Health columnist André Picard. Photo, John Kenney.
“What makes people healthy is not medicine. Medicine fixes people once they’re broken. What makes us healthy is our socio-economic environment, do you have money that you can live on? An income, an education, a roof over your head? Do you live in a physically safe environment, do you have social connections? We’re learning just how deadly things like loneliness can be.” Continue reading “Canada has the ‘least-universal health care system’ in the world: André Picard”
The Universal Basic Income (UBI) – sometimes called the Unconditional Basic Income, Citizens’ Income or Social Wage – has in recent times become a focus of economic discussion across the political spectrum. While column inches in the Financial Times and The Economist have been racking up, academics such as Stuart White have been articulating how valid cases for the UBI can be made from communist, liberal and republican perspectives. Here Andrew Dolan offers 7 reasons why the UBI should matter to people who want to move beyond capitalism: Continue reading “Do They Owe Us a Living? 7 Reasons the Universal Basic Income is Worth Fighting For.”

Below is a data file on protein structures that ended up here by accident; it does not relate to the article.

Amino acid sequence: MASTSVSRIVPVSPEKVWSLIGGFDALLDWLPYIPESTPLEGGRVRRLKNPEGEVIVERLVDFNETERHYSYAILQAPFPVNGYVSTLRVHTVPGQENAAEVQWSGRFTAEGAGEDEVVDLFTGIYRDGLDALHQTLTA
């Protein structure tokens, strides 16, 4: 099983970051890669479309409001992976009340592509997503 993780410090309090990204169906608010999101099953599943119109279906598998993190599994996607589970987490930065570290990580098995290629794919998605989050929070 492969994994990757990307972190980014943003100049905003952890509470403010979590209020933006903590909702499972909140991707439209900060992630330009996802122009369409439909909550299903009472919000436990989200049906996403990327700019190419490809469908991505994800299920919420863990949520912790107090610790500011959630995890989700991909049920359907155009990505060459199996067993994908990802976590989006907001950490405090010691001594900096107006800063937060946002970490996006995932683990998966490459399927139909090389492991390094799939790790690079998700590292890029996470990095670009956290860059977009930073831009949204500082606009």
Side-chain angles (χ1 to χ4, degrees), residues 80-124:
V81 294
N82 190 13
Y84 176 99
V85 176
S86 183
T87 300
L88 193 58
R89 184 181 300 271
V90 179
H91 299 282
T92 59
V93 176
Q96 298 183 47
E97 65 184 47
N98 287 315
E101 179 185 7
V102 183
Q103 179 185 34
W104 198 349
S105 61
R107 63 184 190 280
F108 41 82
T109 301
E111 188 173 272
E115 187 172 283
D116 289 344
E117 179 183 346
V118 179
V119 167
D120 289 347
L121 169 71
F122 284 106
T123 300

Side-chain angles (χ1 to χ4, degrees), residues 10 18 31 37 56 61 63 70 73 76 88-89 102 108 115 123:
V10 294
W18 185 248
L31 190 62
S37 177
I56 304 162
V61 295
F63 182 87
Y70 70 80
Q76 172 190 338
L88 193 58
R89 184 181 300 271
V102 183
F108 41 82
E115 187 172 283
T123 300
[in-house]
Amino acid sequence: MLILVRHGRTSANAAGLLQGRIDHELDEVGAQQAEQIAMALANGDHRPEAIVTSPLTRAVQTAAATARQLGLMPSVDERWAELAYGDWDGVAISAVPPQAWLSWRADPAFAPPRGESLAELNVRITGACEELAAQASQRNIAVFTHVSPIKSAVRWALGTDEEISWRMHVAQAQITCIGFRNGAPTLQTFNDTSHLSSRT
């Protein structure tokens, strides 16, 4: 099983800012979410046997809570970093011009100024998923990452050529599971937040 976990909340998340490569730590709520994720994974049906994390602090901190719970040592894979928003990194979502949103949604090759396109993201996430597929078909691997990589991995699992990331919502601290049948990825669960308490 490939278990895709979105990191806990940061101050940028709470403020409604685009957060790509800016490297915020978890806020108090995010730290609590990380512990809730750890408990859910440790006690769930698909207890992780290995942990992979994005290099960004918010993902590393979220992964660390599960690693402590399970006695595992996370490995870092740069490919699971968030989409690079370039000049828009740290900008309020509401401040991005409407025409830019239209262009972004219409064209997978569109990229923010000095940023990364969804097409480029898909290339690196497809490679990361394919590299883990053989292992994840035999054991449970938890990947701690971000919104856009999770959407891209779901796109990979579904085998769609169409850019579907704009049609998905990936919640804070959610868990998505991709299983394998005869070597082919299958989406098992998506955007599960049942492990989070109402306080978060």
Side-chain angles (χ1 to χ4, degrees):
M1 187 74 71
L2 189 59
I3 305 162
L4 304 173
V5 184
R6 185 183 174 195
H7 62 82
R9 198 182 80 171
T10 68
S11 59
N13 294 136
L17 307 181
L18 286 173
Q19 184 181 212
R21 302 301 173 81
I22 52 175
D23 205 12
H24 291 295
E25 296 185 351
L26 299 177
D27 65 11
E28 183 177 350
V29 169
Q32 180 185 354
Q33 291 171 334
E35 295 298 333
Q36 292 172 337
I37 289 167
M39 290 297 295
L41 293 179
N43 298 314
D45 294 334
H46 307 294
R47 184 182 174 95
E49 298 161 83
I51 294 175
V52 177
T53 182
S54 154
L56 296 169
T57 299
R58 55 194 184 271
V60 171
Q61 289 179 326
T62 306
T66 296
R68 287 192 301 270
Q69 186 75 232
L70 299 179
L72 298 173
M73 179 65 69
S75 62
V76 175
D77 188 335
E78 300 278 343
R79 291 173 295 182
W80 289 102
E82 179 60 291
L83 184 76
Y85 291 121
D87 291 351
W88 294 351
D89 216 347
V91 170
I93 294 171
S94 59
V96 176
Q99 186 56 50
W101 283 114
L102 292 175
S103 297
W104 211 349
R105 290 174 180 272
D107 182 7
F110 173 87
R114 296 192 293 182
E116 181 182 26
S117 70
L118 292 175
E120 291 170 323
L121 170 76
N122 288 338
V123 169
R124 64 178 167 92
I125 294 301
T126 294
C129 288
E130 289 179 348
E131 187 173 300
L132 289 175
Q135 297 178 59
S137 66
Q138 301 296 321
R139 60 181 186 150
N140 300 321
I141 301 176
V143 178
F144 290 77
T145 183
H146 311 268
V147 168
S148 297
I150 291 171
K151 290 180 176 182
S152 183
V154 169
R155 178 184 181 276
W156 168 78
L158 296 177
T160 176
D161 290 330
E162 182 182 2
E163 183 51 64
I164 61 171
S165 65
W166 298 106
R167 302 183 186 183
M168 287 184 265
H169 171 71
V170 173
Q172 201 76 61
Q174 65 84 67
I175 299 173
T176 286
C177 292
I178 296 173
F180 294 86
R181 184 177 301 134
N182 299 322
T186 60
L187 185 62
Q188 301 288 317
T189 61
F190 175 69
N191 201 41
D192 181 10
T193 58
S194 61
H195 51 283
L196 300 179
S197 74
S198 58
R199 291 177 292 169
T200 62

Historically, Canadians embraced medicare as part of an effort to separate personal wealth from individual health. But, in defending our rights to enter hospitals without risking financial ruin, did we swallow a bitter pill? Continue reading “We can improve mental-health care by fighting poverty”
As a self-confessed health-food eater, I rarely enter fast-food joints, but nostalgia and the feeling that it’s an obligatory childhood experience saw me bring my daughter to a McDonalds. While the novelty of receiving a toy with your food quickly won her over, what struck me most was the automation.
McDonald’s has always been known for its efficiency, but for many teenagers and young adults, it also functioned as a place to get your first job. They would train you, as you gained not only a paycheque, but experience.